(19) API Automation approach:
First, you need to implement an automation framework that your teams can use.
Then your team needs to focus on automating the most likely real-life scenarios with APIs instead of trying to exhaust the permutations on each individual API.
Initial automation tests should exercise how your family of APIs work together. Then you can expand your horizon and focus on more holistic view joining forces with automation engineers from other teams.
(20) Batch process within your platform:
The microservice architecture has the event driven methodology built it in, but there are still 3rd parties that interact with your platform and require a batch oriented design. Therefore, your team needs to make sure that you have a reference architecture to handle batch oriented implementations. Depending on whether you use NoSQL or Relational type of database, this batch oriented solution will be different, but you need to have it.
(21) Load and Performance testing:
Load and performance testing needs to be done for each microservice before that microservice can be accepted into production environment and opened to real customers. Your team needs to be able with confidence to determine for every microservice:
- What is the comfortable memory & CPU usage while the service is functioning fine but close to crashing?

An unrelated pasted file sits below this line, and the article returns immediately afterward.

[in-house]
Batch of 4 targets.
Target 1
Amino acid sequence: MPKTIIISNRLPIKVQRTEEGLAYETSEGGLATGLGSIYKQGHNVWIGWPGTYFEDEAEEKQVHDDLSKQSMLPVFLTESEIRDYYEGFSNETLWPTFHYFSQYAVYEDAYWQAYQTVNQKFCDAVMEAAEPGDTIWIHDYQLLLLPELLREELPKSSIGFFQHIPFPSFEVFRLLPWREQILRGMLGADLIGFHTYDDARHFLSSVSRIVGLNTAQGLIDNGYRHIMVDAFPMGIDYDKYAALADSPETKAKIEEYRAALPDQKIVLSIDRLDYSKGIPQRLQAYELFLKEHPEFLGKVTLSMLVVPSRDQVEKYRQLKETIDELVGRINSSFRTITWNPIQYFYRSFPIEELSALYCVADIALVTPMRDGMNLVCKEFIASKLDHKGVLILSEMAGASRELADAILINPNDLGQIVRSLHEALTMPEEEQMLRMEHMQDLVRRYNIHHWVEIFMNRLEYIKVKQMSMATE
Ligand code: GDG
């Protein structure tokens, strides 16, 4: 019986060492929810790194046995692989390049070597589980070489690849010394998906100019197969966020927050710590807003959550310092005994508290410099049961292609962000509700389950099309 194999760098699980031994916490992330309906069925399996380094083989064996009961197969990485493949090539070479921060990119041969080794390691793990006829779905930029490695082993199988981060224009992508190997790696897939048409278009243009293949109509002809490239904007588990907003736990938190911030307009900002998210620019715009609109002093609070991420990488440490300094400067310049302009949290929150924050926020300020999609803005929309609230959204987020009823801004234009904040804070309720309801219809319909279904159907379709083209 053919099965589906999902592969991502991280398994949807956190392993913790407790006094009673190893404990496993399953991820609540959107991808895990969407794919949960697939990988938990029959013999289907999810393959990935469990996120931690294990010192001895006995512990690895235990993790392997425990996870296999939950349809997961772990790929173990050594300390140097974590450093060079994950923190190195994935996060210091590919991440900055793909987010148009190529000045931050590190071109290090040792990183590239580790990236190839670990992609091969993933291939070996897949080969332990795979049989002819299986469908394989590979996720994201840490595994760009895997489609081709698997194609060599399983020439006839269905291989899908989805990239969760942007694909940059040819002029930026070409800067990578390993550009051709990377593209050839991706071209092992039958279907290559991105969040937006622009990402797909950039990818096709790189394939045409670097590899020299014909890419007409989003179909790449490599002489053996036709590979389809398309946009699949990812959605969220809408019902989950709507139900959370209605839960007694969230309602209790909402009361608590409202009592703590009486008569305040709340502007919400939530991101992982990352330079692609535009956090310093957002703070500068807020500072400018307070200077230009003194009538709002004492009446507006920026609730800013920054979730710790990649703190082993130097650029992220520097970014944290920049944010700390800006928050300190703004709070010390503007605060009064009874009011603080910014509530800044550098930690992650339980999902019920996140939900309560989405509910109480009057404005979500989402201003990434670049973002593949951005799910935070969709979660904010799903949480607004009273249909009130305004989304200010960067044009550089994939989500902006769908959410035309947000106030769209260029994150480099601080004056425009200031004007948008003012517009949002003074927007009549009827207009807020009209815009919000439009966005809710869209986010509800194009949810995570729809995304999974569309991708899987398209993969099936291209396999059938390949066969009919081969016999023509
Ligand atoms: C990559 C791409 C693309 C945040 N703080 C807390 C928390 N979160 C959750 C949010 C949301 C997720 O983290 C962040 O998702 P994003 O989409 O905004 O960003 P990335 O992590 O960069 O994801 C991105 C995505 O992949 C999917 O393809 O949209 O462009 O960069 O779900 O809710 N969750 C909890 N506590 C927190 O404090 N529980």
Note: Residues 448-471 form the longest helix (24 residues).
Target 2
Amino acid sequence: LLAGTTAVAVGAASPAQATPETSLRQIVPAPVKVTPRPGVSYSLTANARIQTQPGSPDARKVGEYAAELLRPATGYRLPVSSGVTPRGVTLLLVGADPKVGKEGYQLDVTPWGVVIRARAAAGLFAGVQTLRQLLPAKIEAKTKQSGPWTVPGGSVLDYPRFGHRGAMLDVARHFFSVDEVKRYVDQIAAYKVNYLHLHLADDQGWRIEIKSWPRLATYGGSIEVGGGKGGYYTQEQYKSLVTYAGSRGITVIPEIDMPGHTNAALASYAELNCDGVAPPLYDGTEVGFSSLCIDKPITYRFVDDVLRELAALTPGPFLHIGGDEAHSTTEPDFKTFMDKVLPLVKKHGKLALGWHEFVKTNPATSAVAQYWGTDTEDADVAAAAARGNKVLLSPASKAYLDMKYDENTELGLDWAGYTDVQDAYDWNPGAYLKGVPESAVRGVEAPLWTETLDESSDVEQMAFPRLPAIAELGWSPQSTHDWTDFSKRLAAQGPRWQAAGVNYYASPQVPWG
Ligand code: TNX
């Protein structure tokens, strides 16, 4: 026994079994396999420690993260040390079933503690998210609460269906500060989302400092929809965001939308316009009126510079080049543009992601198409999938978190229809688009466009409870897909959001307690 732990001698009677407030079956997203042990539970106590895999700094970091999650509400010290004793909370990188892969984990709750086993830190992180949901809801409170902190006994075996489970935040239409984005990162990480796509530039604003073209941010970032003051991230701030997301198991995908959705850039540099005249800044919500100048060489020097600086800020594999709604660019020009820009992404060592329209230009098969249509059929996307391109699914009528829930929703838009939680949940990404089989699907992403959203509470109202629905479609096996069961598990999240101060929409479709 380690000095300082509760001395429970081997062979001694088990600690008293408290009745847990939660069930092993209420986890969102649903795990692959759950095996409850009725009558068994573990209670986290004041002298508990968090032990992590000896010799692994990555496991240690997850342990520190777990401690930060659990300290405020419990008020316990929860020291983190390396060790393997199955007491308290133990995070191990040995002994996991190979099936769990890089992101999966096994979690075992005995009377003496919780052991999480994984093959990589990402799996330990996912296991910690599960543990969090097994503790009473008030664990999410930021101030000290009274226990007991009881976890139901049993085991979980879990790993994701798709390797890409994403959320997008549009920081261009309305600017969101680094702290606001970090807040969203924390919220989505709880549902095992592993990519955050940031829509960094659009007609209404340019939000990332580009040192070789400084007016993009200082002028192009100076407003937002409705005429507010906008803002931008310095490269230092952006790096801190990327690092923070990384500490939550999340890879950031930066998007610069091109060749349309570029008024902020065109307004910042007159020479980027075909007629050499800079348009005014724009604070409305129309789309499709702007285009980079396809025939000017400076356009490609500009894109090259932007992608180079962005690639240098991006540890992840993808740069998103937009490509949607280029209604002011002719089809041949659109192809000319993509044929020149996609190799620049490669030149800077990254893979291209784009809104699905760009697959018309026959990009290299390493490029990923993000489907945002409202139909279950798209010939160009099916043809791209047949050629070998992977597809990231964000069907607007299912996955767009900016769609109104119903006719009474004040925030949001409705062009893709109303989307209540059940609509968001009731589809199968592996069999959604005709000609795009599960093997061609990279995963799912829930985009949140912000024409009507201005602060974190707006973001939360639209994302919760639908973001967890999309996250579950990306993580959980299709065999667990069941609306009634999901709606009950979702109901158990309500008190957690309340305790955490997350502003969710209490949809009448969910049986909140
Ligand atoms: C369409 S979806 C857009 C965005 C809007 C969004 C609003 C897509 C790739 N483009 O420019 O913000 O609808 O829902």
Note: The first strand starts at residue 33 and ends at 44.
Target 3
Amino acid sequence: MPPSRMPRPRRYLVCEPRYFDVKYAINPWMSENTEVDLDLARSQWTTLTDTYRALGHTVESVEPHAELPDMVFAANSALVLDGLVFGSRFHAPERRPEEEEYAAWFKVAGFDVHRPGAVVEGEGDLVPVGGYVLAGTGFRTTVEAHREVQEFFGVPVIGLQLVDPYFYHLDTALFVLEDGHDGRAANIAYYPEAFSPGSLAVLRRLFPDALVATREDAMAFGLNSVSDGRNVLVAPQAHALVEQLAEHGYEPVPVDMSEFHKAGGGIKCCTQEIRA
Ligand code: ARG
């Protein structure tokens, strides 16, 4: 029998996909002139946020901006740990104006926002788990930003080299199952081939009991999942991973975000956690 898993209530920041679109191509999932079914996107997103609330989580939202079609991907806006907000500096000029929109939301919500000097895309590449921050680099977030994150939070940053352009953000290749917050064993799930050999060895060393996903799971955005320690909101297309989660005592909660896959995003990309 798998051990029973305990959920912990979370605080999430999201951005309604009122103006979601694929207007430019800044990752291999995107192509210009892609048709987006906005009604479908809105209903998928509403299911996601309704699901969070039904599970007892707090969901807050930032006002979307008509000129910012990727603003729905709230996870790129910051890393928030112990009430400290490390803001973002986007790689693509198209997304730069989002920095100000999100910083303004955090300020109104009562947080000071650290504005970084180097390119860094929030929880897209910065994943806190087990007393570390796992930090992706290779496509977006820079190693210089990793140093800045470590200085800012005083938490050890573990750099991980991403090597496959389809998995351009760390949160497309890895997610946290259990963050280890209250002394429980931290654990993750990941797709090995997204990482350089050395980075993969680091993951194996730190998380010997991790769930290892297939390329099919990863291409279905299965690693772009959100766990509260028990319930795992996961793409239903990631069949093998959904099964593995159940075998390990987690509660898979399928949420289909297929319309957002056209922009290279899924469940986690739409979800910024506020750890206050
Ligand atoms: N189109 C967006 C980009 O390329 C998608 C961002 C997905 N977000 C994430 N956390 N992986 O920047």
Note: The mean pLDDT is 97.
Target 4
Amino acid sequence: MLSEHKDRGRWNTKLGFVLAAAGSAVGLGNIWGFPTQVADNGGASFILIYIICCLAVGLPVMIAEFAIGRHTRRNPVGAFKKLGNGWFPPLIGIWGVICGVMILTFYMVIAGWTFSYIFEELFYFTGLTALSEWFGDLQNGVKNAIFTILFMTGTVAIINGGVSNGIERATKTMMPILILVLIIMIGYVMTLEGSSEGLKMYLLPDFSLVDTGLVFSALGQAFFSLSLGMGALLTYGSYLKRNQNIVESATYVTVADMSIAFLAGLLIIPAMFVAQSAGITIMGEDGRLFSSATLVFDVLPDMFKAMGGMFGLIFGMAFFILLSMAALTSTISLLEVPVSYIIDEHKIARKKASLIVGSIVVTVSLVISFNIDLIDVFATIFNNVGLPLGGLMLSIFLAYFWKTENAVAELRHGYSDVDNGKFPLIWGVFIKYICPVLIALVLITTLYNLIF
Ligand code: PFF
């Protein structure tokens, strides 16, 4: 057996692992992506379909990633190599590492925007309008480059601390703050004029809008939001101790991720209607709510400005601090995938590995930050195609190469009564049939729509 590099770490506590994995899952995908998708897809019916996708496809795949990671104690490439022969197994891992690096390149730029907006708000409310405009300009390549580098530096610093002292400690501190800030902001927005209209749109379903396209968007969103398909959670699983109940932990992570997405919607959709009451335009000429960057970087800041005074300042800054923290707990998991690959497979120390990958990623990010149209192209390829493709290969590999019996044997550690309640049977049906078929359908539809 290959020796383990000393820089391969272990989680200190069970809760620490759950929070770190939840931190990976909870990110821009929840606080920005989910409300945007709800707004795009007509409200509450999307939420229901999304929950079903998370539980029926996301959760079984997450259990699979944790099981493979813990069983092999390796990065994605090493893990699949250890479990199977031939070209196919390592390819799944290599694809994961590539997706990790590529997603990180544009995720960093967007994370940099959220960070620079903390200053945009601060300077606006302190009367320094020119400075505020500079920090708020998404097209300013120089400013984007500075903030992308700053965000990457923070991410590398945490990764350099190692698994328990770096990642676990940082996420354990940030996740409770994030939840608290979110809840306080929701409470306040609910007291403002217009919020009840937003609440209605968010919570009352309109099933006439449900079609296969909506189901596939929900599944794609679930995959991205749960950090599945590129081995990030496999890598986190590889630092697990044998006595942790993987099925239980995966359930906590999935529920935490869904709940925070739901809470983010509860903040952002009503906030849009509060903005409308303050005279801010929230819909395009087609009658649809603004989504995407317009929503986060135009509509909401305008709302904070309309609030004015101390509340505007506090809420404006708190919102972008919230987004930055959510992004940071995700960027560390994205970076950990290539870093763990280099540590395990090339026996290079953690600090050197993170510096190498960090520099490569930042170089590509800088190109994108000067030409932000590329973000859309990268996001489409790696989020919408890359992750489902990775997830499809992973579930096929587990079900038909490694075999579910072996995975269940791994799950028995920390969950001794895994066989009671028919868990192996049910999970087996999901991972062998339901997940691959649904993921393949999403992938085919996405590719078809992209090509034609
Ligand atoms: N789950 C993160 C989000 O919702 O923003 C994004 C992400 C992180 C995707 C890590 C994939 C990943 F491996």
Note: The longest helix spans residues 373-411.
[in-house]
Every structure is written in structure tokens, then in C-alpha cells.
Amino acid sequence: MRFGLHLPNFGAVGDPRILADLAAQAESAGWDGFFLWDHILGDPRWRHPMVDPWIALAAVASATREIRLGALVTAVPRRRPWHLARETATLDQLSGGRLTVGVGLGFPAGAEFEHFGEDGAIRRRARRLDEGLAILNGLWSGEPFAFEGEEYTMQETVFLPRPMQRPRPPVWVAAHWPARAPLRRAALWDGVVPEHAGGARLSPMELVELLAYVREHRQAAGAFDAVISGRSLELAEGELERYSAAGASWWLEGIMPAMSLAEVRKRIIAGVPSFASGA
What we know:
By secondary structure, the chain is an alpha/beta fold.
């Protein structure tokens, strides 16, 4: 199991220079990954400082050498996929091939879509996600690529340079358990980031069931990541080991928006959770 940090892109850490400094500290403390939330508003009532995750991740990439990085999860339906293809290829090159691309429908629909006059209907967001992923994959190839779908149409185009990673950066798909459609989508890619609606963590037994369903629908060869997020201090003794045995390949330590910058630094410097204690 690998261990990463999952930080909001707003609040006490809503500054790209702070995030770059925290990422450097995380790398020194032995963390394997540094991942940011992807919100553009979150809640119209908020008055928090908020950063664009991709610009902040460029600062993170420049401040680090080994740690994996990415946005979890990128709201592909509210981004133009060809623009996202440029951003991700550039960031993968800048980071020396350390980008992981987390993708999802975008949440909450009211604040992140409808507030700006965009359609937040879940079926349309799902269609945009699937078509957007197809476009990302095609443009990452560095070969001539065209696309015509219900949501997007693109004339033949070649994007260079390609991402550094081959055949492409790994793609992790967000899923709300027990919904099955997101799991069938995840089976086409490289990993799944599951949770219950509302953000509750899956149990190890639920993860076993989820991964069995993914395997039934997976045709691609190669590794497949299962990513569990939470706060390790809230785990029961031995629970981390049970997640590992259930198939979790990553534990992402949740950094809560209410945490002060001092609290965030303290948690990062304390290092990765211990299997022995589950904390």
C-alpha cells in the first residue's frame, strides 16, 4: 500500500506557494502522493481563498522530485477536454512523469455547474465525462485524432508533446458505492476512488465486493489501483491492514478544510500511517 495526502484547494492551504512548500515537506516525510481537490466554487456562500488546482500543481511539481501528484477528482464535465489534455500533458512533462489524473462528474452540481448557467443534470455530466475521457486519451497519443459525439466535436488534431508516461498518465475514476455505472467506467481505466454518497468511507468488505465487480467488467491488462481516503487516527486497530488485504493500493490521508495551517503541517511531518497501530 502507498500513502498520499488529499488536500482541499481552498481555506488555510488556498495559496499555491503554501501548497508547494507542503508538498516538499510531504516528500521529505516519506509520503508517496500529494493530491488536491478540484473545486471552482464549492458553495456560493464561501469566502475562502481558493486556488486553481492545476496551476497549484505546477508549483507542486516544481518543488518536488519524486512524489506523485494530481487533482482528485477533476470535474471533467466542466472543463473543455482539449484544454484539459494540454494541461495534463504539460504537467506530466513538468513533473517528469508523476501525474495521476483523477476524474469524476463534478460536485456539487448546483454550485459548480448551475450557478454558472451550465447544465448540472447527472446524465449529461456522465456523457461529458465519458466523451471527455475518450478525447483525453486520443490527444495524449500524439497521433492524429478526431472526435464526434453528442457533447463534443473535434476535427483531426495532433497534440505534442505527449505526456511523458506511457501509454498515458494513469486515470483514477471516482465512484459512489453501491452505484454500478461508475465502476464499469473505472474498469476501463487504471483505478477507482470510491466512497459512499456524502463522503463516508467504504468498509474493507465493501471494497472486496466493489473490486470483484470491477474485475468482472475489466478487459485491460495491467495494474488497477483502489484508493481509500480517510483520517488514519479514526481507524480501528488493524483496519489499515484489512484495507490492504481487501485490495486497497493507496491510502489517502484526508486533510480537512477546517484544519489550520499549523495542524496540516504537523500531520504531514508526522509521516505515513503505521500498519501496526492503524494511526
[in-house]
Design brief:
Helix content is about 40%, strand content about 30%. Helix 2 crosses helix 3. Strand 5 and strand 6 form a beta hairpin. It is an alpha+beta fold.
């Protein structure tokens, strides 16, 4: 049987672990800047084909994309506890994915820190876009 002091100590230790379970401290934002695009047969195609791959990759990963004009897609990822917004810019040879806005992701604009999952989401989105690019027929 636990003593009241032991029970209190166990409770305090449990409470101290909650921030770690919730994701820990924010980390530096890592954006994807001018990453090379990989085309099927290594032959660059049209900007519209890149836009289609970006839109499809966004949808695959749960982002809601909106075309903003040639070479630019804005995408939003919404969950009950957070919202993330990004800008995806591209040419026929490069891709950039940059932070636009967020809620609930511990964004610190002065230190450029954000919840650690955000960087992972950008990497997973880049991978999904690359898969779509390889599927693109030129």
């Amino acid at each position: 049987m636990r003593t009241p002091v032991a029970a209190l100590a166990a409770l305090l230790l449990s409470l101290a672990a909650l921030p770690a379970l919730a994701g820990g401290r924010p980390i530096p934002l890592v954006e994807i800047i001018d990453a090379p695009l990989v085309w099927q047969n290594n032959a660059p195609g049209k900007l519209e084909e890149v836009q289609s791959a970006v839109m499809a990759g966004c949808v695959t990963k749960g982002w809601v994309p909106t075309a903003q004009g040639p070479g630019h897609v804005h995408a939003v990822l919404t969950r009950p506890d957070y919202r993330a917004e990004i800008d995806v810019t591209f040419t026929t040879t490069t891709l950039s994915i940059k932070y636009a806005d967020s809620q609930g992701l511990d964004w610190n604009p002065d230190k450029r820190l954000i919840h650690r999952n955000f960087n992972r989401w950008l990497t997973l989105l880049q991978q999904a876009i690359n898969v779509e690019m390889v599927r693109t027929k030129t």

- What is the memory & CPU usage when the service starts crashing in the load test.
- How many requests your service can handle per minute or per second?
Your team needs to document all of this in order to be accepted into production.
(22) Circuit-breaker pattern especially when calling external (3rd party) APIs:
In order to prevent the back-pressure effect on your microservices, you need to introduce the circuit-break pattern for situations when your microservice calls into another service/API. This is especially crucial when your microservice calls into an API external to your company; you don’t want the stability of 3rd parties to have direct impact on your application and cause so much back-pressure that the other pieces of your service are affected.
(23) Database design:
First you need to decide if you will embrace NoSQL world or you will stick to more traditional SQL/Relational database world.
Let’s assume you decide to pick NoSQL, then you need to keep in mind that there is NO SUCH THING as no schema. You technically always have some data structure but your database system may not be enforcing it, and with code-first methodology, your application code would be enforcing all of this. Even if you pick NoSQL, your data still needs to be eventually streamed or replicated into some form of relational database if you want your reporting/analytics team to perform analysis on it.